Improvements to consider would be: • To have Real Time Information (RTI) in major Bus Stations that is compatible with the RNIB key fob activator. • All bus stops that have RTI should have audio announcements of timetable information. • Buses should be cleaned of debris often to avoid Guide Dogs being over interested in dropped food etc. • All buses should have Audio\Video announcements - this will avoid the reliance on the good will (and memory) of the bus driver to tell me when I need to alight at my required stop. With the introduction of the National Bus enquiry phone number, it is now a costly experience to access timetable information etc. Someone with a visual impairment is now disadvantaged by not being able to access printed timetables. Having to use an 087 prefixed number by mobile is out of the financial scope of many. Solution: 1 Either return to a local number or 2 To set up an accessible number that registered blind and partially sighted people can access this service. This can be set up for visually impaired and print disabled people to provide a prescribed code, such as that provided by telephone directory enquiries (195). There are now a number of mobile applications available to get such information, but many at present are unable to access these because of affordability and the lack of support on how to use technology at this level. Apple and Android devices cost hundreds of pounds which is a barrier itself, but one may feel wary of it's protracted use in public in fear (or perceived fear) of being targeted, especially if that person is visually impaired (cane user or assistance dog user). Having the opportunity to make a simple short call will alleviate this fear as this can be made in a safer environment than that of being in a public open space, such as waiting at a bus stop.

Stephanie Sergeant

03 June 2013 at 14:24

I train visually impaired and blind people to use technology all over the country. I am blind myself, and rely on public transport a great deal. The audio description of bus stops that the London busses have, make them far safer and easier to use. I have an Android phone with an App called Georgie which gives me this information. On completion of one bus journey that involved 3 busses, I arrived so unstressed, that I thought, “what extra work can I take on, now I have this greater capacity.’ This is the kind of difference audio information on busses would make to blind people. I think it is essential. This would reduce the welfare bill, as it would enable more blind people to work, Or at least give us a level playing field. On several occasions in the past I have gone past the stop I needed to get off at. Its incredibly frightening to be landed in an area you do not know, when you cannot read the sign posts, and have no idea how to retrace the route to your required destination.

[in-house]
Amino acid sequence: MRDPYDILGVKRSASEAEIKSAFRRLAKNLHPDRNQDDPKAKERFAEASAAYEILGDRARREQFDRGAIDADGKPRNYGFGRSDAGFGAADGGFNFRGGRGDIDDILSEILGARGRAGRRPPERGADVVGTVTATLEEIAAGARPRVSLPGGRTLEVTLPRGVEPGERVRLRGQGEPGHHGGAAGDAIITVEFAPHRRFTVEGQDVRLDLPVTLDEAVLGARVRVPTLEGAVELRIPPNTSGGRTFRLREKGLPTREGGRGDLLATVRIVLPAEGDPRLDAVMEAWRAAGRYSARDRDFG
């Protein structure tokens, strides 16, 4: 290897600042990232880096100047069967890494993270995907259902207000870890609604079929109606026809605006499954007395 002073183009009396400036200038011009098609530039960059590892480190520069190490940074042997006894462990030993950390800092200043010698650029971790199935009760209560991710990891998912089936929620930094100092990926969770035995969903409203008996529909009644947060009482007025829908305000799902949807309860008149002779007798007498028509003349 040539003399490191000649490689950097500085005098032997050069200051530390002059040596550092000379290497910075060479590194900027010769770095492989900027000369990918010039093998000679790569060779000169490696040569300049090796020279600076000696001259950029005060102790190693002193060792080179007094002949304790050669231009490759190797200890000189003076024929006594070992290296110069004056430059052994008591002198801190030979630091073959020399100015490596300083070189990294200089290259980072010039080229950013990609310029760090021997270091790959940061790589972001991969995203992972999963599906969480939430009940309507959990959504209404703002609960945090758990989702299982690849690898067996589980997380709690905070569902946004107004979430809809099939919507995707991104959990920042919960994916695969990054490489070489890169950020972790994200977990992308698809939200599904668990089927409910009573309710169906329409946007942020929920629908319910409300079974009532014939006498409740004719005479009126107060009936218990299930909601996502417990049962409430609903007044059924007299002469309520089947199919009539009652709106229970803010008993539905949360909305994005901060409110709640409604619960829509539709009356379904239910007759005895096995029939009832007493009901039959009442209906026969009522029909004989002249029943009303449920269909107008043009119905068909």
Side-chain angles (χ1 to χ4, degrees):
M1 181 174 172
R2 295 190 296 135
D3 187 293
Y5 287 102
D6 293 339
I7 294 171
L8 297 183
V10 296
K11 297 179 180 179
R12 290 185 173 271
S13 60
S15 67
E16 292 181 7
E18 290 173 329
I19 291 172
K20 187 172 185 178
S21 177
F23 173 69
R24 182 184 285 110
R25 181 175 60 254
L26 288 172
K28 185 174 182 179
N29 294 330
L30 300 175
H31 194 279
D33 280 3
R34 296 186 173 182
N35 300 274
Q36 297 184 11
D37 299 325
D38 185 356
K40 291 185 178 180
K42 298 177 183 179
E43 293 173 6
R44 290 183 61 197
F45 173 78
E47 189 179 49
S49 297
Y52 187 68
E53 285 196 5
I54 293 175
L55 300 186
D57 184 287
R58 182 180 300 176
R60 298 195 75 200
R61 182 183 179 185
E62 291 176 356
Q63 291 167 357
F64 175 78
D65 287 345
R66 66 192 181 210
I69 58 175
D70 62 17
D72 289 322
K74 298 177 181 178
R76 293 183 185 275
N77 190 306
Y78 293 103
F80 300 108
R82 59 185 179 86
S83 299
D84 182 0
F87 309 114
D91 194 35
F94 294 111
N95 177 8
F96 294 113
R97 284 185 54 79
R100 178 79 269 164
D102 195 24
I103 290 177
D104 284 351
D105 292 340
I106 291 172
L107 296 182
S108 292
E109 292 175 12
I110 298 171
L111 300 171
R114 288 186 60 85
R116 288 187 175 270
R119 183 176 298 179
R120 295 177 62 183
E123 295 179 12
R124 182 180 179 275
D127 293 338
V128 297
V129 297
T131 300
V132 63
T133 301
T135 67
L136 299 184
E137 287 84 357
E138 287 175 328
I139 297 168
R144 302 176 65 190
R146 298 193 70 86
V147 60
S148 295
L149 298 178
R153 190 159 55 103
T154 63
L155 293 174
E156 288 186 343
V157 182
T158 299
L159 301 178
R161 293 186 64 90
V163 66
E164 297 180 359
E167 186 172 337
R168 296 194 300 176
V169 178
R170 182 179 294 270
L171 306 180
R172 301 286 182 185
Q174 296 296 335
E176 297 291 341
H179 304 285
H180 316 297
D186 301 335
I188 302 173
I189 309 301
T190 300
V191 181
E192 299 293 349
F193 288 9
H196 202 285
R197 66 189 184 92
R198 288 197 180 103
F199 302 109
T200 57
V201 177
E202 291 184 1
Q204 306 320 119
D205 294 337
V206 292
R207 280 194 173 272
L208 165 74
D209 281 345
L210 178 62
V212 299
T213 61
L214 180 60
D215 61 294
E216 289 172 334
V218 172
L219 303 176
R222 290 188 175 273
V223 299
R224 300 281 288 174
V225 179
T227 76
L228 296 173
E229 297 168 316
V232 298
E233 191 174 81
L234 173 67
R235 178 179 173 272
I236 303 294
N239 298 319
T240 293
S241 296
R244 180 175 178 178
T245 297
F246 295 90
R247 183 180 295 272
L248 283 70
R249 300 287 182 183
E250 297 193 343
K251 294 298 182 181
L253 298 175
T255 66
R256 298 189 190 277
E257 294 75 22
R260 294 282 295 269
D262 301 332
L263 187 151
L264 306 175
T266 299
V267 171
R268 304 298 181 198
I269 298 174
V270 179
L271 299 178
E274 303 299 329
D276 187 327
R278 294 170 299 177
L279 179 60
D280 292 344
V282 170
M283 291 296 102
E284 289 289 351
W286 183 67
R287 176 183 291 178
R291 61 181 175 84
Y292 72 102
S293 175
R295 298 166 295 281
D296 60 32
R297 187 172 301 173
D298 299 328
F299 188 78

Steve Norris

03 June 2013 at 14:19

As a blind guide dog owner I find it impossible to travel on buses as they are at the moment due to the fact that I do not know where I am on a bus journey. To have a system where stops are annonced would provide me with complete confidence whilst traveling on a bus . To have this confidence means I would travel more times and greater distances than I do at present. I do travel on a bus only when there is somebody able to travel with me.

Joy Stone

03 June 2013 at 14:13

I am so glad of the opportunity to put my views on the subject above. I am 85, partially sighted with a Guide dog. I like to be totally independent and can only be so by being able to use public transport, i.e. buses. It would be so helpful if the stops coming up were announced, it would give one so much more confidence. In the past I have requested of the driver to call out my stop on approaching but although kindly has forgotten to do so, meaning that I have had to walk back to my stop. Please make living more independently, possible for blind and partially sighted people.

Total results 84 (page 1 of 9)